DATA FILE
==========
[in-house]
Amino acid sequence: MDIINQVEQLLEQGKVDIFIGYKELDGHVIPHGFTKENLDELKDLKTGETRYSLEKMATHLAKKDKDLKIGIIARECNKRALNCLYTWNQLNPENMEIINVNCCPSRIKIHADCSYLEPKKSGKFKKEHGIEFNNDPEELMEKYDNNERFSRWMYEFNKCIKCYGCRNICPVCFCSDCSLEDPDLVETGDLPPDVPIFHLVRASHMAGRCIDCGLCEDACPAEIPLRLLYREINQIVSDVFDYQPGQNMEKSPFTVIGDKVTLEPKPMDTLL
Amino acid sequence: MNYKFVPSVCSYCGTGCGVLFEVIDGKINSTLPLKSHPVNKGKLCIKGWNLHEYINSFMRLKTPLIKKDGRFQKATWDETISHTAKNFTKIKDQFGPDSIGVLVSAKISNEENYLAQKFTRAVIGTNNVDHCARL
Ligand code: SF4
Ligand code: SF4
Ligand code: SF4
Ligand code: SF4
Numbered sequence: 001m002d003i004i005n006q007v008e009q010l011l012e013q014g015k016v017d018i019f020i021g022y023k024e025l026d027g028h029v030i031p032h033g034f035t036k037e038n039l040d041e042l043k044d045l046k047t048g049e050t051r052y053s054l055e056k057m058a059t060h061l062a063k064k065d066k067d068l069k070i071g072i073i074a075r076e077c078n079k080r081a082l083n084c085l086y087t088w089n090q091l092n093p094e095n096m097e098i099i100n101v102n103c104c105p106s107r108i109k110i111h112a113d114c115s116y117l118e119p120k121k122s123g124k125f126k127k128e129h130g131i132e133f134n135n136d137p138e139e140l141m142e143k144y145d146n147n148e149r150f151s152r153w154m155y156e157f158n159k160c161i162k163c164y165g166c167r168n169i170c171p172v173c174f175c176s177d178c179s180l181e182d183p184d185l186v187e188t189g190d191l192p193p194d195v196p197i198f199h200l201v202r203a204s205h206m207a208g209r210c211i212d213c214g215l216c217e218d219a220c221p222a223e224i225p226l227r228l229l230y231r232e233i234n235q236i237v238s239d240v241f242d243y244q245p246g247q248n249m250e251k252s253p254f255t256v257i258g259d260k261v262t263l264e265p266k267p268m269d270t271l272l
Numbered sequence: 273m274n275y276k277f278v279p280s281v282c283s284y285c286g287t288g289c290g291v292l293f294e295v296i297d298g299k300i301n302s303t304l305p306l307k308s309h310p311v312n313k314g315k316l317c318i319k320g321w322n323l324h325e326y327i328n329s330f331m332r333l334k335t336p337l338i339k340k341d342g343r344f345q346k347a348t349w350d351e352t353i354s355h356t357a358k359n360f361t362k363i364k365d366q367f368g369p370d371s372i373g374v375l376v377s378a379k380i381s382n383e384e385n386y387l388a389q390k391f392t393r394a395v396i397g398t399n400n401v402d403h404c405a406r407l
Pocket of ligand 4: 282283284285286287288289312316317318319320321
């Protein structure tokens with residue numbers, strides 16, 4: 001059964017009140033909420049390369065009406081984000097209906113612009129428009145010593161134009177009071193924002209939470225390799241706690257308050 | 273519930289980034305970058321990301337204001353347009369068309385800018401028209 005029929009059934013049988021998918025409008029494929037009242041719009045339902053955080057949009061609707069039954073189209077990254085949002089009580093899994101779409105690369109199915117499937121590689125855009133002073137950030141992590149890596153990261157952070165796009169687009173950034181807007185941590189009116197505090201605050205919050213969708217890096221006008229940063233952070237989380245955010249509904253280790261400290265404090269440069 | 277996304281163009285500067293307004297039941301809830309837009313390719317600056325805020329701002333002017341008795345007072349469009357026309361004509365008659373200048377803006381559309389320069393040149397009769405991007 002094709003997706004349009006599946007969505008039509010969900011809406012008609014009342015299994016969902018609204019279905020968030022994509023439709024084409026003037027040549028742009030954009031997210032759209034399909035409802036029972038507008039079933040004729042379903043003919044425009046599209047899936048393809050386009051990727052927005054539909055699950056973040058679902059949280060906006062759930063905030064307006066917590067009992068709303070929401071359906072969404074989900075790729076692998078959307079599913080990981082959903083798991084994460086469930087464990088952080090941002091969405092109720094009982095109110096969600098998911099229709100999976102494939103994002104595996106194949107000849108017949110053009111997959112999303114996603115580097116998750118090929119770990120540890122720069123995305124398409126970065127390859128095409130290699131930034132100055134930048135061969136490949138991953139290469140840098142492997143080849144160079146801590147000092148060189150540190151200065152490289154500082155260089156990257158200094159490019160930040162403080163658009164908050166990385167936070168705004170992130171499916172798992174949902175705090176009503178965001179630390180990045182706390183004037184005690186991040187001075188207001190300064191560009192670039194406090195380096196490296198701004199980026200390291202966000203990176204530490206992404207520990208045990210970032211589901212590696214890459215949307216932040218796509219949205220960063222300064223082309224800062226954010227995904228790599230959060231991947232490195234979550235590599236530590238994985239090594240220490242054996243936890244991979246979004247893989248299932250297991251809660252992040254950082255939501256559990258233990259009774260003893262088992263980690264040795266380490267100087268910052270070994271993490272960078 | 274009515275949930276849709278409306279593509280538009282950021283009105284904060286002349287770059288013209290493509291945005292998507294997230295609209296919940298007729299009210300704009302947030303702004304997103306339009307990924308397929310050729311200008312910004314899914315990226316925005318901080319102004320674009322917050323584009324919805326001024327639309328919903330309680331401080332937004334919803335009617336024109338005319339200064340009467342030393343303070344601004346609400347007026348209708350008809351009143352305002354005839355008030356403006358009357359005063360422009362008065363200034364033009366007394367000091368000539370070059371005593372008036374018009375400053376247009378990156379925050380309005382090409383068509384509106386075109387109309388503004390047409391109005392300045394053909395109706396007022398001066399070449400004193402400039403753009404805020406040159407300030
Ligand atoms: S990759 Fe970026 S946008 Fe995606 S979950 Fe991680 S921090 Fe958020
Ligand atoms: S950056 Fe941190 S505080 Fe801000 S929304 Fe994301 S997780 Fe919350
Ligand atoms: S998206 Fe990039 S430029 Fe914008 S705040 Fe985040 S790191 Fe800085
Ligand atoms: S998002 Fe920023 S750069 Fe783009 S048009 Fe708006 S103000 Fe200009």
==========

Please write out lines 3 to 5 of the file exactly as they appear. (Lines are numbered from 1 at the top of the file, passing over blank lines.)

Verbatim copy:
Amino acid sequence: MNYKFVPSVCSYCGTGCGVLFEVIDGKINSTLPLKSHPVNKGKLCIKGWNLHEYINSFMRLKTPLIKKDGRFQKATWDETISHTAKNFTKIKDQFGPDSIGVLVSAKISNEENYLAQKFTRAVIGTNNVDHCARL
Ligand code: SF4
Ligand code: SF4